- Veröffentlicht: 18. Mai 2023
Bangladesh is rapidly becoming a central regional tech hub, with a growing number of startups and a focus on digital innovation. With over 6,500 startups and over 300,000 new jobs created, the IT sector has contributed 1.3% to Bangladesh's GDP. It has already become South Asia's second-largest source of IT freelancers and is considered the region's second most promising technological hub.
According to the President of Bangladesh Association of Software and Information Services, Russel T. Ahmned, the country's IT-Information Technology Enabled Service (ITES) sector could grow to $30 billion by 2031. To accelerate this growth, the government has approved building nine new high-tech parks; six more are currently under construction.
While Bangladesh has some catching up regarding blockchain and crypto, the government has identified infrastructure document verification, land expertise finance, food agriculture, health supply chain, and smart city judiciary as critical areas where industry, businesses, and government can implement blockchain.
The government has plans to provide different governmental services under these ministries using blockchain technology. And in July 2022, the Minister of Finance Mustafa Kamal announced the start of research and exploration of Central Bank Digital Currencies. However, Bangladesh has banned cryptocurrencies, despite which 2.4% or 4 million people own cryptocurrency.
A Smart Vision 2041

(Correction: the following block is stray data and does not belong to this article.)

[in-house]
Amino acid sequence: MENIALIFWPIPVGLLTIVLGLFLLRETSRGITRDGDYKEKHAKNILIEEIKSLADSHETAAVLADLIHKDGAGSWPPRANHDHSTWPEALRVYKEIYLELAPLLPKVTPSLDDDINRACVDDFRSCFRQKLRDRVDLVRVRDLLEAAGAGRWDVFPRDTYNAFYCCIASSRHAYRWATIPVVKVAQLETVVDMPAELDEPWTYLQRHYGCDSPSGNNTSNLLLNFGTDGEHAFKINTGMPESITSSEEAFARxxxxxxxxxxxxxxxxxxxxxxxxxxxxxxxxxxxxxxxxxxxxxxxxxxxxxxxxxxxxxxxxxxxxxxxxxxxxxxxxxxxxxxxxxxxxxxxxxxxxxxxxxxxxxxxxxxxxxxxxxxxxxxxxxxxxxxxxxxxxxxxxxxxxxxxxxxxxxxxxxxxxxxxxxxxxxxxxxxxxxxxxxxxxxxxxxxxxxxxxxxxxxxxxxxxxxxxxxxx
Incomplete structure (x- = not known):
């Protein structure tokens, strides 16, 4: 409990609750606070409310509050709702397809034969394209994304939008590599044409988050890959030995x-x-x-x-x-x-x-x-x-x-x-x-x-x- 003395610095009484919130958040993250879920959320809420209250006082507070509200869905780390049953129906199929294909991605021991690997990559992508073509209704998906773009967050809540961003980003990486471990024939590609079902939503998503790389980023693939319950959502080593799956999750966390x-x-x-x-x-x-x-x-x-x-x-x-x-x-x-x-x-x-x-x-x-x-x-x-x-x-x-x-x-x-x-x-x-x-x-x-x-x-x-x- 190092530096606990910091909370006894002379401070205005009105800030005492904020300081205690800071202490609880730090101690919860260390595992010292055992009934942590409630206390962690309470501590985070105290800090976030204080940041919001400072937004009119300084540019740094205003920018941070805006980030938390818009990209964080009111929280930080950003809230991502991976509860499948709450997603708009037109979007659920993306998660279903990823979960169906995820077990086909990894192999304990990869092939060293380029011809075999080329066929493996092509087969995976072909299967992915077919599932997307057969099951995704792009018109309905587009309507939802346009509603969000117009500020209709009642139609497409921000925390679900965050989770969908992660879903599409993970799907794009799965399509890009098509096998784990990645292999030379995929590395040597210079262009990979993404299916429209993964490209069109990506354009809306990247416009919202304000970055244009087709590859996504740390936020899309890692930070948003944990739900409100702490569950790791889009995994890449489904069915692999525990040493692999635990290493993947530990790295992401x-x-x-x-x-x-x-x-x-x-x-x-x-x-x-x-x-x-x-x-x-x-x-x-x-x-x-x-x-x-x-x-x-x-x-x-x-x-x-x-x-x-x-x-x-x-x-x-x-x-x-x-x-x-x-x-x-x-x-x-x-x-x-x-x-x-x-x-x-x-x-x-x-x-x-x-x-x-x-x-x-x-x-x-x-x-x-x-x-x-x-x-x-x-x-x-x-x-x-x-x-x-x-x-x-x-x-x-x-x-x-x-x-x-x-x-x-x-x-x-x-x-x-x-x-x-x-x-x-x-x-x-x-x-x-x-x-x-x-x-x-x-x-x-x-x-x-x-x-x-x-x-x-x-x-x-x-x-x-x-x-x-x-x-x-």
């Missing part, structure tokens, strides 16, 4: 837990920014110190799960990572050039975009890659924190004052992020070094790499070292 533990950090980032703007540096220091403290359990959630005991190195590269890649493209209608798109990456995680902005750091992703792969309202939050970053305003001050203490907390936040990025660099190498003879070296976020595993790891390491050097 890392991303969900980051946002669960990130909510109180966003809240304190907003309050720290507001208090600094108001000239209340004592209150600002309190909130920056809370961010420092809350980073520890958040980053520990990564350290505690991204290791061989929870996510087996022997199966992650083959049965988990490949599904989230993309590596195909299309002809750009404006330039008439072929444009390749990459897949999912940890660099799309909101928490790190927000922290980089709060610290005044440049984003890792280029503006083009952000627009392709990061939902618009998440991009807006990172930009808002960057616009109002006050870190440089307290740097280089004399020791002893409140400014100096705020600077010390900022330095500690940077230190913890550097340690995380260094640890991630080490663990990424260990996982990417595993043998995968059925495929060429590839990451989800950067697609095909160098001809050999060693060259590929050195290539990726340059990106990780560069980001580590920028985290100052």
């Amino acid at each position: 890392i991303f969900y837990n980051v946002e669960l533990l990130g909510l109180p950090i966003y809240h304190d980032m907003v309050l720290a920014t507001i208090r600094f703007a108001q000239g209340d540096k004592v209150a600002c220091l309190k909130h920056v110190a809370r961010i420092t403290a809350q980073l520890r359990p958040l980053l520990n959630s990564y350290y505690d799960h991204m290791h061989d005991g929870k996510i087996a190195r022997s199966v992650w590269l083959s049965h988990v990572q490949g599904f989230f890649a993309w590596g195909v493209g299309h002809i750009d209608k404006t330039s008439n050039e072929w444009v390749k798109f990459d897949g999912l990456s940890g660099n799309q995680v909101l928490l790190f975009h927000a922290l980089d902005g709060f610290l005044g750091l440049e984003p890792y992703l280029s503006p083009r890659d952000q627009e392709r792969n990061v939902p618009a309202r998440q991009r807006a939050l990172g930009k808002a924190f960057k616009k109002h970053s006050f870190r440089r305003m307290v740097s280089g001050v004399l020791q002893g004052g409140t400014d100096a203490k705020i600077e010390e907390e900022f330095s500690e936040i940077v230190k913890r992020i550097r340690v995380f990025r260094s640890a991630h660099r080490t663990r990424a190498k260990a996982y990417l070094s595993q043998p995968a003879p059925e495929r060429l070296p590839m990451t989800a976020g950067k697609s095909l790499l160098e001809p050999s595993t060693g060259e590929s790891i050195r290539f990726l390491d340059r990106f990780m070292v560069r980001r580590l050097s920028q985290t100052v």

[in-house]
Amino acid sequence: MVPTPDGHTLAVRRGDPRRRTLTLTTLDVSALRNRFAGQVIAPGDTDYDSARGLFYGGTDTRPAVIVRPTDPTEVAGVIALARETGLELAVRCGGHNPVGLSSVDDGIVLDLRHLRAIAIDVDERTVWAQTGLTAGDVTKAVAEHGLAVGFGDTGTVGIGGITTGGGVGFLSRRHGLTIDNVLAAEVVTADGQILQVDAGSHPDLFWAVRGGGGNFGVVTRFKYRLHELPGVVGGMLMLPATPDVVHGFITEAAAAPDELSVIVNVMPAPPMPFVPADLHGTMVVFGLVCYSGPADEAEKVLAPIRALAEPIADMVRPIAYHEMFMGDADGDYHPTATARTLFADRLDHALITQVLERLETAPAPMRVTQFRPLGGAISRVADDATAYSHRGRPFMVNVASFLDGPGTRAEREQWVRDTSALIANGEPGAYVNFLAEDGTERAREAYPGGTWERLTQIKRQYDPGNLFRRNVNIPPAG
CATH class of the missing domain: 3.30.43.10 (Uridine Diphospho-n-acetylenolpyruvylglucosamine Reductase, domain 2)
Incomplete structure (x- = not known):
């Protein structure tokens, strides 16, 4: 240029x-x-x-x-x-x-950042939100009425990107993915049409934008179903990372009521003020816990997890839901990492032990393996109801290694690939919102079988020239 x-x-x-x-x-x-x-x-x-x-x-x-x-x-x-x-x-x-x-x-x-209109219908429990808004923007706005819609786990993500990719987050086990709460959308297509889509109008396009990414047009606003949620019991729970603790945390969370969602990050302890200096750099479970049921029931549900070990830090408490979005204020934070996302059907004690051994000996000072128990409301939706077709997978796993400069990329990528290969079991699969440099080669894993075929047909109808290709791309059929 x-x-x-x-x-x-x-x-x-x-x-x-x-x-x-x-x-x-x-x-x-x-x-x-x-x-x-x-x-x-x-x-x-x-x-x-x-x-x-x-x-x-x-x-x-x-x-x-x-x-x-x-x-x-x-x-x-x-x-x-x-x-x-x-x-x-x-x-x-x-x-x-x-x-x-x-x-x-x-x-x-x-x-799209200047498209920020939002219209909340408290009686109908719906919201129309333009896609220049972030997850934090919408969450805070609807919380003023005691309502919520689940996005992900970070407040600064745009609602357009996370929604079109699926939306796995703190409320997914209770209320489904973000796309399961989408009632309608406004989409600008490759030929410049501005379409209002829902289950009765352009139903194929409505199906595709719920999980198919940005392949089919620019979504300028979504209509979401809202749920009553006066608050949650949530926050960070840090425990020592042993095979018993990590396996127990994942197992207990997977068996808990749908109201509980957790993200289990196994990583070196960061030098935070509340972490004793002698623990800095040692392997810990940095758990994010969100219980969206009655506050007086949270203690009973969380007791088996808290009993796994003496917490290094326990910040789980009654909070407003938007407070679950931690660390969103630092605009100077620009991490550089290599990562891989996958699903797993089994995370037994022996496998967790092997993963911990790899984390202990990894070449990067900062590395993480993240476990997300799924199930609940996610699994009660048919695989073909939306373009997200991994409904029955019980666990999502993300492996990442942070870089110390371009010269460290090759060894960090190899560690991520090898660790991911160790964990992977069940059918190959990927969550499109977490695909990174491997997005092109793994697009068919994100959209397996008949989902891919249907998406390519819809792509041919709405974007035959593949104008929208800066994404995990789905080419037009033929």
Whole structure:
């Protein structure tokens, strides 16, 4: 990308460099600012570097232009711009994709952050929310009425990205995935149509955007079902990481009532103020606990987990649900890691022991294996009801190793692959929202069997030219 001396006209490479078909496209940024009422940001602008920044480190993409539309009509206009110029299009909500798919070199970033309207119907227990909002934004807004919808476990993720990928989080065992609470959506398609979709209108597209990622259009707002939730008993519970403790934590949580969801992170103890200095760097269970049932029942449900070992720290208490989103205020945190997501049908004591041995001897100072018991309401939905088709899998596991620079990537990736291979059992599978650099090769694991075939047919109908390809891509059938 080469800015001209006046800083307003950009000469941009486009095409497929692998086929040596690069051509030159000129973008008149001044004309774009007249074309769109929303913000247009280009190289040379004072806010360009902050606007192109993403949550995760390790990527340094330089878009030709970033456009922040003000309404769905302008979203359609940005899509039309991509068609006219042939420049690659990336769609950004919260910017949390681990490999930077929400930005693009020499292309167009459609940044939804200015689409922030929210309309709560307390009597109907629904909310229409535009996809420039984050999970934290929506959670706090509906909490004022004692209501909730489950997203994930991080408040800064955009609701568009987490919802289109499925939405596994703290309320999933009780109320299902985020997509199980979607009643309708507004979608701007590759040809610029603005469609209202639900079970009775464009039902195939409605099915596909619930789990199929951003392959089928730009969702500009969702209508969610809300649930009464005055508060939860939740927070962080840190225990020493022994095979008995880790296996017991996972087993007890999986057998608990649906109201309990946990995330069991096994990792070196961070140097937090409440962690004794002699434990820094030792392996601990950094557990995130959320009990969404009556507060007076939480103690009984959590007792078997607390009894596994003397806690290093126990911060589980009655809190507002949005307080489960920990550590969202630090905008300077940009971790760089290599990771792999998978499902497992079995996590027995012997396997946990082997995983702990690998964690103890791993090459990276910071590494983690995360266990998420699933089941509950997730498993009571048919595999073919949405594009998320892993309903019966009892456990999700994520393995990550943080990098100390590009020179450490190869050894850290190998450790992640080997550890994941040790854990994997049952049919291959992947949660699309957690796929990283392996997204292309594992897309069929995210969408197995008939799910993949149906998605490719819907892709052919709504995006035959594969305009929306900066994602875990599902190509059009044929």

Bangladesh has also laid out its Smart Vision 2041, a plan to transform the country into a knowledge-based economy. The ambitious project includes goals such as 0% poverty, 100% high-speed internet accessibility, and a 100% inclusive, circular, and cashless economy. Prime Minister Sheikh Hasina has emphasized that education and learning, such as e-education, e-health, e-businesses, e-economy, and e-governance, will be technical knowledge-based.
One of the key drivers of Bangladesh's tech revolution is its young and educated population, with 64% under 30. The country's low cost of living and business makes it an attractive destination for tech startups and investors, with affordable real estate and office space.
Prime Minister Sheikh Hasina has laid out her country's Smart Vision 2041, a plan to accelerate Bangladesh's progress and transform it into a knowledge-based economy. Her ambitious project includes 0% poverty, 100% high-speed internet accessibility, and a 100% inclusive, circular, and cashless economy, among other milestones.
"Our education and learning such as e-education, e-health, e-businesses, e-economy, e-governance will be technical knowledge-based," the prime minister said when announcing her 2041 vision for a fully developed Bangladesh.
Sheikh Hasina explained children will be the driving force toward 2041. "We will develop our children to cope with the coming days that will be technology driven and prepare them to be the skilled manpower for the upcoming fourth Industrial Revolution (4IR)."
Furthermore, the government is creating an enabling environment for tech startups by offering various incentives, such as tax exemptions and access to funding. Bangladesh has also been improving its ease of doing business ranking, making it easier for startups to register and operate.
Challenges that need addressing
Despite these positive developments, Bangladesh still faces challenges that could hinder its progress as a tech hub. Weak intellectual property laws, enforcement mechanisms, and a digital divide in rural areas are among the most significant obstacles.
Nevertheless, Bangladesh can become a significant global tech industry player. With its large and young population, low living costs, supportive government policies, and thriving digital ecosystem, the country is well-positioned to become a significant tech hub in the coming years. If it can address its challenges and continue its current trajectory, the future looks bright for Bangladesh's tech sector.
Autor(en)/Author(s): Ray Sanchez
Quelle/Source: iTech Post, 10.05.2023